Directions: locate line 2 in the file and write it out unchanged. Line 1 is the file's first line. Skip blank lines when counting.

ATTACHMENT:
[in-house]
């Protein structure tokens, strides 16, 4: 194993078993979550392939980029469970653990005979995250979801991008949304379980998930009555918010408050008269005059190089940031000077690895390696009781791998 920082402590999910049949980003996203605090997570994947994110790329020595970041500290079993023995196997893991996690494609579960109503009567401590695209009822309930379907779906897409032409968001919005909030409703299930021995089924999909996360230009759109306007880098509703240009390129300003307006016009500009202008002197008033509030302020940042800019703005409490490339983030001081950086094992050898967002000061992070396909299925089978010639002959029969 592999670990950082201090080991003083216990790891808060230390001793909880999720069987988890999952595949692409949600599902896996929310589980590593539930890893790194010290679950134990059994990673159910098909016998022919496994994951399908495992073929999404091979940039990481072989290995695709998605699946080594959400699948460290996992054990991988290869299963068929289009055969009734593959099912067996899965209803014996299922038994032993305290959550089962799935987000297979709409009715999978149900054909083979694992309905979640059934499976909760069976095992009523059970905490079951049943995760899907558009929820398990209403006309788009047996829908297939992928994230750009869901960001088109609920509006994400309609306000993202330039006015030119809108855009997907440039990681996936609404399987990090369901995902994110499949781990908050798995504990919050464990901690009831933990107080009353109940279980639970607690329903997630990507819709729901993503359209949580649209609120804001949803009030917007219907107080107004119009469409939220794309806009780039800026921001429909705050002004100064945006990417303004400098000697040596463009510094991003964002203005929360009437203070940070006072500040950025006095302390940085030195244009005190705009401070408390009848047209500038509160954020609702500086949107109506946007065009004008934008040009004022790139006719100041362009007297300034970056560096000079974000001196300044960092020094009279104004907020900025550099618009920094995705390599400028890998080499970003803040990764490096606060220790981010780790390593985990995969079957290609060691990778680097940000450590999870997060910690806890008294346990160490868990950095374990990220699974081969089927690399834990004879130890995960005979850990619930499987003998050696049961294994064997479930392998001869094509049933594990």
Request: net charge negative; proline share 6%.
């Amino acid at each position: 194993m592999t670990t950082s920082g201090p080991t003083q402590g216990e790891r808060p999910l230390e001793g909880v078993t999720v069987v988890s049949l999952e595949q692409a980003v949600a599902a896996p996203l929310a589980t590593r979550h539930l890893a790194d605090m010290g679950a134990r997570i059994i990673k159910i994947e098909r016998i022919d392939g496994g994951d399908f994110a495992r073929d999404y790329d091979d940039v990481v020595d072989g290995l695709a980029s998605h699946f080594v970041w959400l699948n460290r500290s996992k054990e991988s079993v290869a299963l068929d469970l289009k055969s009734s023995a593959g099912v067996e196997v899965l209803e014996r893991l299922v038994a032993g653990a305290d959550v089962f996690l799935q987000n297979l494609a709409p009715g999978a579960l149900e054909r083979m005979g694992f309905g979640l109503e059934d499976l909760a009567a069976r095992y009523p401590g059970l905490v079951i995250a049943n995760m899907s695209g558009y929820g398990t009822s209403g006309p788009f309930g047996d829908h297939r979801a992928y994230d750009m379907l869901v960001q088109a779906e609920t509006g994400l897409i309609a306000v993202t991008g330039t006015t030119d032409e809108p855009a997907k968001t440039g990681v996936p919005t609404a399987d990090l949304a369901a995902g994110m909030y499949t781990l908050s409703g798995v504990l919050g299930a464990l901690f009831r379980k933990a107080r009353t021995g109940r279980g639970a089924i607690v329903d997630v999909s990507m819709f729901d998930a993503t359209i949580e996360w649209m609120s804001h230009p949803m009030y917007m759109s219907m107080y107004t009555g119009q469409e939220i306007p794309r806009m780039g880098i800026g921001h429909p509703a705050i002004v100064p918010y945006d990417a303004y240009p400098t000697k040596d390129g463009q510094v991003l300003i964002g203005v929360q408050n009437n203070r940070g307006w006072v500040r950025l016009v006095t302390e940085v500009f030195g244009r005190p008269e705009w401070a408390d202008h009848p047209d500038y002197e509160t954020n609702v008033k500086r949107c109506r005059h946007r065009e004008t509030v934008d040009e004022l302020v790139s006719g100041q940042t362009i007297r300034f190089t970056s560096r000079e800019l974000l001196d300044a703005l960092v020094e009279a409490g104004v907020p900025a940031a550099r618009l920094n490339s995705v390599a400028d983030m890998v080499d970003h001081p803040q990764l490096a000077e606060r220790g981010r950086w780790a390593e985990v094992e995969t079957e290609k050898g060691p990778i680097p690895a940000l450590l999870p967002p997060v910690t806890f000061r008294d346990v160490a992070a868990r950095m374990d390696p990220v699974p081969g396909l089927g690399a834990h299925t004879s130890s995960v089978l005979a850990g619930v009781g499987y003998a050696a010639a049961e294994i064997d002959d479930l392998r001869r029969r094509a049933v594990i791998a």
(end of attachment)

């Protein structure tokens, strides 16, 4: 194993078993979550392939980029469970653990005979995250979801991008949304379980998930009555918010408050008269005059190089940031000077690895390696009781791998 920082402590999910049949980003996203605090997570994947994110790329020595970041500290079993023995196997893991996690494609579960109503009567401590695209009822309930379907779906897409032409968001919005909030409703299930021995089924999909996360230009759109306007880098509703240009390129300003307006016009500009202008002197008033509030302020940042800019703005409490490339983030001081950086094992050898967002000061992070396909299925089978010639002959029969 592999670990950082201090080991003083216990790891808060230390001793909880999720069987988890999952595949692409949600599902896996929310589980590593539930890893790194010290679950134990059994990673159910098909016998022919496994994951399908495992073929999404091979940039990481072989290995695709998605699946080594959400699948460290996992054990991988290869299963068929289009055969009734593959099912067996899965209803014996299922038994032993305290959550089962799935987000297979709409009715999978149900054909083979694992309905979640059934499976909760069976095992009523059970905490079951049943995760899907558009929820398990209403006309788009047996829908297939992928994230750009869901960001088109609920509006994400309609306000993202330039006015030119809108855009997907440039990681996936609404399987990090369901995902994110499949781990908050798995504990919050464990901690009831933990107080009353109940279980639970607690329903997630990507819709729901993503359209949580649209609120804001949803009030917007219907107080107004119009469409939220794309806009780039800026921001429909705050002004100064945006990417303004400098000697040596463009510094991003964002203005929360009437203070940070006072500040950025006095302390940085030195244009005190705009401070408390009848047209500038509160954020609702500086949107109506946007065009004008934008040009004022790139006719100041362009007297300034970056560096000079974000001196300044960092020094009279104004907020900025550099618009920094995705390599400028890998080499970003803040990764490096606060220790981010780790390593985990995969079957290609060691990778680097940000450590999870997060910690806890008294346990160490868990950095374990990220699974081969089927690399834990004879130890995960005979850990619930499987003998050696049961294994064997479930392998001869094509049933594990």